Overall, a very cute story. Definitely check this out if you're into contemporary books or books focusing on fandom. I'm falling out of love with contemporary more and more, and it's making me a little sad. I should love books like this! Come on, brain!

The first pride month BR with fellow Adam Parrish fan club captain (Silvia), that one friend who's still really bitter about a certain AI (Pragya), and my enemy / wife / both (Aimee) :)) And it's already terrible save me I'm in hell Amy has captured m
Profile Image for sofia (sam willows).
285 reviews364 followers
August 13, 2017
So here I am, writing this review, right after I finished Queens Of Geek. I have no idea what to say that compares to how awesome, nerdy, awkward and adorkable this book is.

This book should have way more recognicion and hype than it already has, please help spread the word about this beautiful piece of art.

Queens Of Geek is narrated by two girls. One of them is Charlie, a Chinese-Australian bisexual 18 year-old who is a Youtube star and has recently starred in her first movie. We also have one of Charlie's best friends, Taylor, a fat and autistic girl who suffers from social anxiety. These two characters are so real they might be the most relatable I've ever seen.
And of course, I have to mention Jamie, a Latinx-American boy who's part of their BFF geek trio. He's such a lovable person, he cares so much about his best friends <3

These three are the main characters, and I'm not going to talk about the other because I'm afraid that if I mention them I might end up spoiling the book a bit.

The first thoughts I had when I found out about this book were that I had to have it, read it, love it. It seemed like an incredible story, full of pop-culture references and relatable characters (and a bisexual MC !!!!), so I had to read it. At first, I actually thought this was going to be pretty predictable, even tame regarding the plot, but it wasn't. It tackled some important issues like misogyny, fatphobia and homophobia (I think there are a couple of examples in my updates), and I did not know where the story was going.

This is a story about people getting out of their comfort zone, going into the public eye and accepting themselves. Charlie's going through a very public breakup and Taylor's trying to get through her social anxiety. I greatly appreciated Taylor's inner monologue, because she had tons of difficulties to go through and I found them extremely relatable, especially regarding her take on anxiety. It's pretty obvious Jen Wilde knows a lot about it and how to portray it.

This book is pretty diverse, and something I thought was really well done was how the author slipped Charlie's sexuality like it was no big deal, and it's not. Why doesn't anybody flinch when a 10 year old girl has a crush on a boy, but if she has the tiniest signs of a crush on a girl? Everybody flips the fuck out. And that shouldn't happen.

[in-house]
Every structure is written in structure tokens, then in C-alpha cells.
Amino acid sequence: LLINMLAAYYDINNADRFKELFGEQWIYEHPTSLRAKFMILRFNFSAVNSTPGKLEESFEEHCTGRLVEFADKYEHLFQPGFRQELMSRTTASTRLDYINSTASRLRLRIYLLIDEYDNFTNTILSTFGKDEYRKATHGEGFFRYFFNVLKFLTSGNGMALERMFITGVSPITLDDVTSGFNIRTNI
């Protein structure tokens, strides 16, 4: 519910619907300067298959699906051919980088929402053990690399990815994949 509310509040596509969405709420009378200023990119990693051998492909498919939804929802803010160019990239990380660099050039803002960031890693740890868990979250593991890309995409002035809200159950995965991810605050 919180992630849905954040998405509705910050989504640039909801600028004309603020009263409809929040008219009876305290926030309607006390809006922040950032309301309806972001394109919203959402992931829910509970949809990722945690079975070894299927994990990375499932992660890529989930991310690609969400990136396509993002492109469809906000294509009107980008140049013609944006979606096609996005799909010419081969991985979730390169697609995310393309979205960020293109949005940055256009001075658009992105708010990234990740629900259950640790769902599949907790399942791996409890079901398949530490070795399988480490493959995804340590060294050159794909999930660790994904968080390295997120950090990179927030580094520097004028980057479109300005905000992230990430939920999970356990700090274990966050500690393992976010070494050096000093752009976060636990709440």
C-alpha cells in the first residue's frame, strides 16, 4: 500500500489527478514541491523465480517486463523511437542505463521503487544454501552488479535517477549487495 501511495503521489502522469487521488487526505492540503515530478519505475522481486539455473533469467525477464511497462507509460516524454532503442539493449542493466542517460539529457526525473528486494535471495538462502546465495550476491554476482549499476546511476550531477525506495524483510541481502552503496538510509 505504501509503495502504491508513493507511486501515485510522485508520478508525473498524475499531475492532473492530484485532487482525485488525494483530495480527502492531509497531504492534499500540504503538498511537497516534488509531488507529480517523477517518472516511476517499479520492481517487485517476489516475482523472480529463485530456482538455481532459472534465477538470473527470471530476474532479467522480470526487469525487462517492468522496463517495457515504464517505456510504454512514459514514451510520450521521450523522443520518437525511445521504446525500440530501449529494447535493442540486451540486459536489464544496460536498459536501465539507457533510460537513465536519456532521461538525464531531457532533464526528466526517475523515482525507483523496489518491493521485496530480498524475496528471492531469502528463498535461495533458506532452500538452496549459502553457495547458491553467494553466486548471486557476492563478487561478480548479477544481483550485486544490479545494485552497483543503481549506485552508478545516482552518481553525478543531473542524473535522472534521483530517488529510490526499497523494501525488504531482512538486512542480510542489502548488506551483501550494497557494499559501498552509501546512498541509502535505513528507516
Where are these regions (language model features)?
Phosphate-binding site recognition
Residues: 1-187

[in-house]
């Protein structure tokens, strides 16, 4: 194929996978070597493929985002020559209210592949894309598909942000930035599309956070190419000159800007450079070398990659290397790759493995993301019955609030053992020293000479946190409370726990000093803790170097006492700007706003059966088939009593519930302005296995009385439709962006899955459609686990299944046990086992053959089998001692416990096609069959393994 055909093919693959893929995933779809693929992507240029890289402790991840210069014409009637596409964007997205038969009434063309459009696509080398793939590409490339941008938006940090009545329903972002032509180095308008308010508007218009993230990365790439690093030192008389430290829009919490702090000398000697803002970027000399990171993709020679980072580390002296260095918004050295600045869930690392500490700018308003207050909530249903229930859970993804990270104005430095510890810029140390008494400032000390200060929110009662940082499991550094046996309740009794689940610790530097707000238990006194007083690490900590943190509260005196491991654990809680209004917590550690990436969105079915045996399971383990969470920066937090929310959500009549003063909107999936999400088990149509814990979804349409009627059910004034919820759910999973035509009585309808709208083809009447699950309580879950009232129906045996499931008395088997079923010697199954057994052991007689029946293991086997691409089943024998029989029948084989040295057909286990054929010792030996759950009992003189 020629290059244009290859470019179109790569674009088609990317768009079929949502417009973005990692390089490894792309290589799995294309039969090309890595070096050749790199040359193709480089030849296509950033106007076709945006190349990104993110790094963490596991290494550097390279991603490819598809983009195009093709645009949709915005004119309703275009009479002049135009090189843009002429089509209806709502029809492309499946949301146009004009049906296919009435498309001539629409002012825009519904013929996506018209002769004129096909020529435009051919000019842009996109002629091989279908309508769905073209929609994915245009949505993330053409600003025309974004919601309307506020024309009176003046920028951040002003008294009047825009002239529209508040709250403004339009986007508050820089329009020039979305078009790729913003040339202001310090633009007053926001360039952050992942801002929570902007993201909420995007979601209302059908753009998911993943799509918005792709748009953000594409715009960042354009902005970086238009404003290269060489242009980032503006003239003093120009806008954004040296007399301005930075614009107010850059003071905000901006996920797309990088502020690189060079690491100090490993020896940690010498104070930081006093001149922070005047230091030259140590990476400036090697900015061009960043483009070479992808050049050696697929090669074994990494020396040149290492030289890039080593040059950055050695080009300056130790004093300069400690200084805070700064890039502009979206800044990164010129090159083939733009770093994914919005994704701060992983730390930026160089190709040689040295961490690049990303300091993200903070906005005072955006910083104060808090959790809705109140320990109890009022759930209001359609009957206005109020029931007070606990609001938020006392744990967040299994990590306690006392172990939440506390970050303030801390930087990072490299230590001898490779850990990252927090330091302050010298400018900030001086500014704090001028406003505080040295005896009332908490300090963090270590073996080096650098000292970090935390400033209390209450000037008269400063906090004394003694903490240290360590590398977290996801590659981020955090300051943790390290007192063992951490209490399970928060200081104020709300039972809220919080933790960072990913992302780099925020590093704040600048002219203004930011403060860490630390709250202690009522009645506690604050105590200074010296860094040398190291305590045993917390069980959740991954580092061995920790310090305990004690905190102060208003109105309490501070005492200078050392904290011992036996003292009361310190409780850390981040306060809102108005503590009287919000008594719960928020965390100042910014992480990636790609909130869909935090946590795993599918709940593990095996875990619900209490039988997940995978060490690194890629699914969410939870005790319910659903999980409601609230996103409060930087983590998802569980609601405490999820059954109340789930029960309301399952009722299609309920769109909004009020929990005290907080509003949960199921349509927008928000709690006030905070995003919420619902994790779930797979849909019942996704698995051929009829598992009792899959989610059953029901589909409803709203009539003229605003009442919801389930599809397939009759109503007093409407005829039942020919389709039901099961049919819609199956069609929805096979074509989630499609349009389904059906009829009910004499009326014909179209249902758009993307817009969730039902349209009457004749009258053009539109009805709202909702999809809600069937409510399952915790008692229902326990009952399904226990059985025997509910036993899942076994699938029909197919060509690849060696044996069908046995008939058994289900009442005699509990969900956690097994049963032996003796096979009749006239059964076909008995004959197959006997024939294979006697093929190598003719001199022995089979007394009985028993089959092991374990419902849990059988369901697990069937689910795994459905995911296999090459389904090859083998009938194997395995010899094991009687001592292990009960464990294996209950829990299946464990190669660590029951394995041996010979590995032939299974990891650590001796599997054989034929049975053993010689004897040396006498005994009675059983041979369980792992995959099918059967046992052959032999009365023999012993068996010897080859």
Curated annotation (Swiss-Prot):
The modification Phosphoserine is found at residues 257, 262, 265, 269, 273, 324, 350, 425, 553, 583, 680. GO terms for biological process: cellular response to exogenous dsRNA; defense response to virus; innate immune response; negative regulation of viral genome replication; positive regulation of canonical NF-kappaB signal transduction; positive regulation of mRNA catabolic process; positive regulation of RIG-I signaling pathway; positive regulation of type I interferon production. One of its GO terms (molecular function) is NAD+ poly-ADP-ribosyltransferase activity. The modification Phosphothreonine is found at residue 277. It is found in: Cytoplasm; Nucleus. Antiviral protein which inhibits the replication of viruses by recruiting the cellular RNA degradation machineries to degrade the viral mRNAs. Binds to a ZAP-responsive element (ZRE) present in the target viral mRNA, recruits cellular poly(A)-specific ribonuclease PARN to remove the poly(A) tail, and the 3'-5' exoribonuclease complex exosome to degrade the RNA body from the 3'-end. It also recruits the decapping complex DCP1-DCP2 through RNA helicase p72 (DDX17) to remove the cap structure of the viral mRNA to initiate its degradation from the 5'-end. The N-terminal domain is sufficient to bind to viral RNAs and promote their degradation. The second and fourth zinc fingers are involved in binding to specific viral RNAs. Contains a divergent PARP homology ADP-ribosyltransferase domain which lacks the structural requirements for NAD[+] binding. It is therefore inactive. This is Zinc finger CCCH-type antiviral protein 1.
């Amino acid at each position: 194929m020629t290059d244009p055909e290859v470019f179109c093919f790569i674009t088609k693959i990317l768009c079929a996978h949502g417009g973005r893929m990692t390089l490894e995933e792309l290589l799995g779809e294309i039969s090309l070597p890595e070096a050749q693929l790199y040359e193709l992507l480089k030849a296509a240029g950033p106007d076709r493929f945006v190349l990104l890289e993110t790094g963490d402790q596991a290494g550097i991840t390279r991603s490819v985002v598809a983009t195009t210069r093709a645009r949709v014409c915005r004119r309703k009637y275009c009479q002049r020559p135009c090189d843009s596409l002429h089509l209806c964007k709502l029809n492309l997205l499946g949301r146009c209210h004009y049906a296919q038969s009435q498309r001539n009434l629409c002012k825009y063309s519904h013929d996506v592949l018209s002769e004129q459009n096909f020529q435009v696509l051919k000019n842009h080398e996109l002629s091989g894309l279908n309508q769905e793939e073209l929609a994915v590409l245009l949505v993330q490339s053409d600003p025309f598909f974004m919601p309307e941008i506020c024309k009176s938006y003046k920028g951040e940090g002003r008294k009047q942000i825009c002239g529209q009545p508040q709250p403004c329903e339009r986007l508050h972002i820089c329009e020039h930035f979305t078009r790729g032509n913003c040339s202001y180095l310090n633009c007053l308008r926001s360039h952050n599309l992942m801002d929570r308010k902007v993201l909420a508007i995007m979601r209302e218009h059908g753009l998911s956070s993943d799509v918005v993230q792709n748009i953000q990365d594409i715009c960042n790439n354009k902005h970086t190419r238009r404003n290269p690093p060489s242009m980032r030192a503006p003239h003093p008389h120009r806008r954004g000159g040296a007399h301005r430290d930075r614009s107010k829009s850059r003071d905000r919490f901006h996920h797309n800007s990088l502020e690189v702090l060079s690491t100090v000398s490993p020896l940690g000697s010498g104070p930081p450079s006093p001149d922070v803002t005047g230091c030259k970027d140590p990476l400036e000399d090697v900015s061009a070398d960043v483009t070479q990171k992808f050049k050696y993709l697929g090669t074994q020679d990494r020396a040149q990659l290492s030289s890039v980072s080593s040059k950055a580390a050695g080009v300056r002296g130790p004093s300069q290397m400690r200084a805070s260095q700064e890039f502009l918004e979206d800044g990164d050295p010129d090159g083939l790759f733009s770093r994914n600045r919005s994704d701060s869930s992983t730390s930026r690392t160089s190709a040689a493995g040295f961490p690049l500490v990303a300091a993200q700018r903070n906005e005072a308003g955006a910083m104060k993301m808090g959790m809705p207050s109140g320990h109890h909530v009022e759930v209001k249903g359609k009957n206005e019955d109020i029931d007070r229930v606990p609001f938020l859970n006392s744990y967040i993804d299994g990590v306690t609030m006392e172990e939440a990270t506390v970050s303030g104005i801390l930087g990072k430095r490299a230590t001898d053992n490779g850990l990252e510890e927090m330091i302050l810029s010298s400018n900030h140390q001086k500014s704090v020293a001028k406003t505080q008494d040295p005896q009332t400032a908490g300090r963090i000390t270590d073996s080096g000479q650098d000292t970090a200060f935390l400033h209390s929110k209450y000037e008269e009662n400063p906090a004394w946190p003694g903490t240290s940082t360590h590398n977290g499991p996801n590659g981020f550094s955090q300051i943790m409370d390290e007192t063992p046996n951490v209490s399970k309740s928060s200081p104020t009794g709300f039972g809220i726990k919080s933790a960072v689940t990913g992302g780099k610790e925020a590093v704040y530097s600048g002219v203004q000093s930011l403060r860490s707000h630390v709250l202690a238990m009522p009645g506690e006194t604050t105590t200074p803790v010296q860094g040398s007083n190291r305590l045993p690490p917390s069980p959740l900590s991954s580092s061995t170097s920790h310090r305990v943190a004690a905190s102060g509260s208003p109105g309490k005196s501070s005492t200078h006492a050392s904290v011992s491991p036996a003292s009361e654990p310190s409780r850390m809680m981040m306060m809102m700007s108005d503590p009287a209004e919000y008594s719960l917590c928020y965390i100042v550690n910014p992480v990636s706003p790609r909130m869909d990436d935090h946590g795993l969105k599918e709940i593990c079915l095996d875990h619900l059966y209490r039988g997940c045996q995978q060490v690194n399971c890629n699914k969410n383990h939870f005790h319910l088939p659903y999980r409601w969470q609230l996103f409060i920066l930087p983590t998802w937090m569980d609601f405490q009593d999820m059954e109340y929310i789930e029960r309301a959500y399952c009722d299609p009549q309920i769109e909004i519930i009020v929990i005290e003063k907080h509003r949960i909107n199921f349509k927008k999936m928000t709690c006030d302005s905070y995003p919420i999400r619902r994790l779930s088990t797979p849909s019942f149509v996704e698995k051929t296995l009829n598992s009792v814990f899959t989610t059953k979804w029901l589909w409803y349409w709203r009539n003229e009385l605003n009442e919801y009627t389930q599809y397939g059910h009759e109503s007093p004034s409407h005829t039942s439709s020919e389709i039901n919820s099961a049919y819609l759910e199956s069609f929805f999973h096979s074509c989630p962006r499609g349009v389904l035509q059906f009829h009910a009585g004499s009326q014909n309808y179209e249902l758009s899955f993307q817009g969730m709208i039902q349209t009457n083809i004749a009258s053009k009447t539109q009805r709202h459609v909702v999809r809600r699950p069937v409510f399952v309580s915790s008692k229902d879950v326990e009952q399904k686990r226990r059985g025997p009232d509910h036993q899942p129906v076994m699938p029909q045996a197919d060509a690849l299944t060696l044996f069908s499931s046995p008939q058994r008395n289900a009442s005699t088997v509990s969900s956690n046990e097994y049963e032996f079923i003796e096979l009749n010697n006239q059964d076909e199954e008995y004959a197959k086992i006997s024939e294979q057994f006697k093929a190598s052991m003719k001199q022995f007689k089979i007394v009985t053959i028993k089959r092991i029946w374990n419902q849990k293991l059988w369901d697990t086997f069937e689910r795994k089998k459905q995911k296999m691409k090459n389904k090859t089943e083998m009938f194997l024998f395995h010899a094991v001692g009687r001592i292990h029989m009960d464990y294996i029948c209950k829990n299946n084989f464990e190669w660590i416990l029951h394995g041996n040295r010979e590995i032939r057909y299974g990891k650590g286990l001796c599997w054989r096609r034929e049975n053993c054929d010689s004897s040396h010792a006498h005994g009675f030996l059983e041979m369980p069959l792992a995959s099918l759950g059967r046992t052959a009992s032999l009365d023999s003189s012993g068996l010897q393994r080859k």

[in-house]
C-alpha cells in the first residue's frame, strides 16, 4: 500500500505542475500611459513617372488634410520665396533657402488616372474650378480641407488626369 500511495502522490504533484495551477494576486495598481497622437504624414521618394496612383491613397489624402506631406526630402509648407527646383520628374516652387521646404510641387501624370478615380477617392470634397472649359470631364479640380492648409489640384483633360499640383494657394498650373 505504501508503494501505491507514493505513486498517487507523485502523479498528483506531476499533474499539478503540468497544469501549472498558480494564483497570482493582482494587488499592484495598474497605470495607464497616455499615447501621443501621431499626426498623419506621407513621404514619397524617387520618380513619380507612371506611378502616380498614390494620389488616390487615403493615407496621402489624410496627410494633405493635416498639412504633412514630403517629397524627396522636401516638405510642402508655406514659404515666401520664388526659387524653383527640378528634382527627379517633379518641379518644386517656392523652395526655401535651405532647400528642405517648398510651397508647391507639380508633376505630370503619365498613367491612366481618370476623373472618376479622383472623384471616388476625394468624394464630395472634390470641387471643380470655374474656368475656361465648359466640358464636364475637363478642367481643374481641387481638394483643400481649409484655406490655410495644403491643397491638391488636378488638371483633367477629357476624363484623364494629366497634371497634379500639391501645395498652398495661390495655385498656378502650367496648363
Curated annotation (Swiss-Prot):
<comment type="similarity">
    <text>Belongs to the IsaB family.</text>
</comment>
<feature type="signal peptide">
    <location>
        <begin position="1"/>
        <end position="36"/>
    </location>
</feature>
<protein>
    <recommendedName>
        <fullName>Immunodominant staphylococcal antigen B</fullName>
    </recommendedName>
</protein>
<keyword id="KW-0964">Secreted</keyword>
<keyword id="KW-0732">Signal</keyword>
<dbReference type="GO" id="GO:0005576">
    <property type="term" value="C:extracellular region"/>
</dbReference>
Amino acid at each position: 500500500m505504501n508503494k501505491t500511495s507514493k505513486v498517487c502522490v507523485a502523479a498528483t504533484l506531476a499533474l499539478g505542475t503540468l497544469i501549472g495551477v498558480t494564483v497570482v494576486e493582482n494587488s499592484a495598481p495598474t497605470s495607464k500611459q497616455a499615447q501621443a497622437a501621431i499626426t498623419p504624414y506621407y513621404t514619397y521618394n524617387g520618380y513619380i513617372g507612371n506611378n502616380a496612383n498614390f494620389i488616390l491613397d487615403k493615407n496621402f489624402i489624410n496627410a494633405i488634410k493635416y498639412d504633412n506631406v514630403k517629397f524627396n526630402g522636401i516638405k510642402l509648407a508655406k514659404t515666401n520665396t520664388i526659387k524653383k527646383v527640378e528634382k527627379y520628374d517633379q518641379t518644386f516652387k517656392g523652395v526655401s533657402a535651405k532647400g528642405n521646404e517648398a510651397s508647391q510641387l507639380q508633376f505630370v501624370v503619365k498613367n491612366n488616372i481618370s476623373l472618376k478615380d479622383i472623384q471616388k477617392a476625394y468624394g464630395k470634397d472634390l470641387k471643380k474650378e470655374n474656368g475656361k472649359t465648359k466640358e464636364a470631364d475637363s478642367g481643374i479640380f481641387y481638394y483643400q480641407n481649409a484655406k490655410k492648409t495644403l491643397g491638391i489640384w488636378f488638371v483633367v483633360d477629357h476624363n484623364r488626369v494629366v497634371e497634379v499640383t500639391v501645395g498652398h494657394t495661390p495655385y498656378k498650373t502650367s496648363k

My experience went a lot like Charlie's, and whenever there was any homophobic shit going on, she'd shut it down. It was also incredible seeing her so sure of herself and having inner monologues where she reassured herself that she wouldn't change for anyone.

The character development was also on point, and the character growth was spectacular. The relationships were really well formed, and super super super cute. I loved that these characters noticed the things in themselves they could improve, and they went for it. I loved every single one of these characters (except Reese. He can choke.) and I just want them to be happy forever.

Overall, this book had no actual flaws. It was fast-paced, sweet and had a strong plot and characters that will probably stay with me forever.

I'd recommend it to my bisexual peeps who want more recognition and representation (*sigh* don't we all?) and autistic people who are also looking for a a character to identify with. If you're looking for a diverse, quick and short story about people being dorks and geeks with a bit of romance (so cute !!!), then this book is definitely for you!

I read this in less than 6 hours and I almost had a couple heart attacks because of the cuteness. RTC
Profile Image for ✨Bean's Books✨.
648 reviews2,925 followers
December 7, 2018
Such a cute book!
SupaCon!!!! Three friends travel from Melbourne, Australia to an L A comic convention. In the three days of adventure through the convention, all three of them find love in the most unforeseen places. 💘
This book is so adorable! Although it only spans the time of 3 days, it is perfectly written and keeps you flipping through the pages from beginning to end. The characters are not just a little relatable. I think most people would be able to see themselves in these characters.
The author gives us a great look at three young people who live in today's society of never-ending social media surrounding the world of fandemonium. The book is written from two perspectives: one in the spotlight and one in the shadows. Both are brilliantly written!
The fandom movie, book and comic references are a perfect addition for anyone who lives in the geek world. I found myself naming off the references right along with the characters in the book!